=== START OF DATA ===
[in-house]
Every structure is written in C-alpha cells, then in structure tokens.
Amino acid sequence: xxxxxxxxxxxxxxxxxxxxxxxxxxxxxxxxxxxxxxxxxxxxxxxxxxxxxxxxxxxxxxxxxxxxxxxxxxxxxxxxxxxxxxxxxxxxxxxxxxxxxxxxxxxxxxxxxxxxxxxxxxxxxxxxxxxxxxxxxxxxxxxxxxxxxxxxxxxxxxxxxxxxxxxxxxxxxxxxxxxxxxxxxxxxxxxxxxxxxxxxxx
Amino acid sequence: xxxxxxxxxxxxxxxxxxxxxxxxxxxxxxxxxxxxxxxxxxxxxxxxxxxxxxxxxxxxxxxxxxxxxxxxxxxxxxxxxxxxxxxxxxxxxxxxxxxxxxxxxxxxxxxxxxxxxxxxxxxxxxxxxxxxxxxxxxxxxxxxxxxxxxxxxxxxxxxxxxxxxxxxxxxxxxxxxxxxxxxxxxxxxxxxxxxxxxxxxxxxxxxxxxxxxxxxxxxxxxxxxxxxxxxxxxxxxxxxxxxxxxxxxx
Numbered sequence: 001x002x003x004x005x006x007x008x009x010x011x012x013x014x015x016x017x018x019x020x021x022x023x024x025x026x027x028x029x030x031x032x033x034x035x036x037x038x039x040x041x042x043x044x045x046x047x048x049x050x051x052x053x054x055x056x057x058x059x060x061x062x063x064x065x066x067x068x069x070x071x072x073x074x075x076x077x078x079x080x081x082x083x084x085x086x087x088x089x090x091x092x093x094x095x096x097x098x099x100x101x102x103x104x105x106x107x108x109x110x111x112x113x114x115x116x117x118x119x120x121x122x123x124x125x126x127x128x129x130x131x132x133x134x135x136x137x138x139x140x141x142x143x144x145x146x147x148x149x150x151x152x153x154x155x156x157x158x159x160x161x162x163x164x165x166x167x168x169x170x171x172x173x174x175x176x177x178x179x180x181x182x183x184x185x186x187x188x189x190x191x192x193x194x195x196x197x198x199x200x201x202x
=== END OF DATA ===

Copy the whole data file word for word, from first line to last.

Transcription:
[in-house]
Every structure is written in C-alpha cells, then in structure tokens.
Amino acid sequence: xxxxxxxxxxxxxxxxxxxxxxxxxxxxxxxxxxxxxxxxxxxxxxxxxxxxxxxxxxxxxxxxxxxxxxxxxxxxxxxxxxxxxxxxxxxxxxxxxxxxxxxxxxxxxxxxxxxxxxxxxxxxxxxxxxxxxxxxxxxxxxxxxxxxxxxxxxxxxxxxxxxxxxxxxxxxxxxxxxxxxxxxxxxxxxxxxxxxxxxxxx
Amino acid sequence: xxxxxxxxxxxxxxxxxxxxxxxxxxxxxxxxxxxxxxxxxxxxxxxxxxxxxxxxxxxxxxxxxxxxxxxxxxxxxxxxxxxxxxxxxxxxxxxxxxxxxxxxxxxxxxxxxxxxxxxxxxxxxxxxxxxxxxxxxxxxxxxxxxxxxxxxxxxxxxxxxxxxxxxxxxxxxxxxxxxxxxxxxxxxxxxxxxxxxxxxxxxxxxxxxxxxxxxxxxxxxxxxxxxxxxxxxxxxxxxxxxxxxxxxxx
Numbered sequence: 001x002x003x004x005x006x007x008x009x010x011x012x013x014x015x016x017x018x019x020x021x022x023x024x025x026x027x028x029x030x031x032x033x034x035x036x037x038x039x040x041x042x043x044x045x046x047x048x049x050x051x052x053x054x055x056x057x058x059x060x061x062x063x064x065x066x067x068x069x070x071x072x073x074x075x076x077x078x079x080x081x082x083x084x085x086x087x088x089x090x091x092x093x094x095x096x097x098x099x100x101x102x103x104x105x106x107x108x109x110x111x112x113x114x115x116x117x118x119x120x121x122x123x124x125x126x127x128x129x130x131x132x133x134x135x136x137x138x139x140x141x142x143x144x145x146x147x148x149x150x151x152x153x154x155x156x157x158x159x160x161x162x163x164x165x166x167x168x169x170x171x172x173x174x175x176x177x178x179x180x181x182x183x184x185x186x187x188x189x190x191x192x193x194x195x196x197x198x199x200x201x202x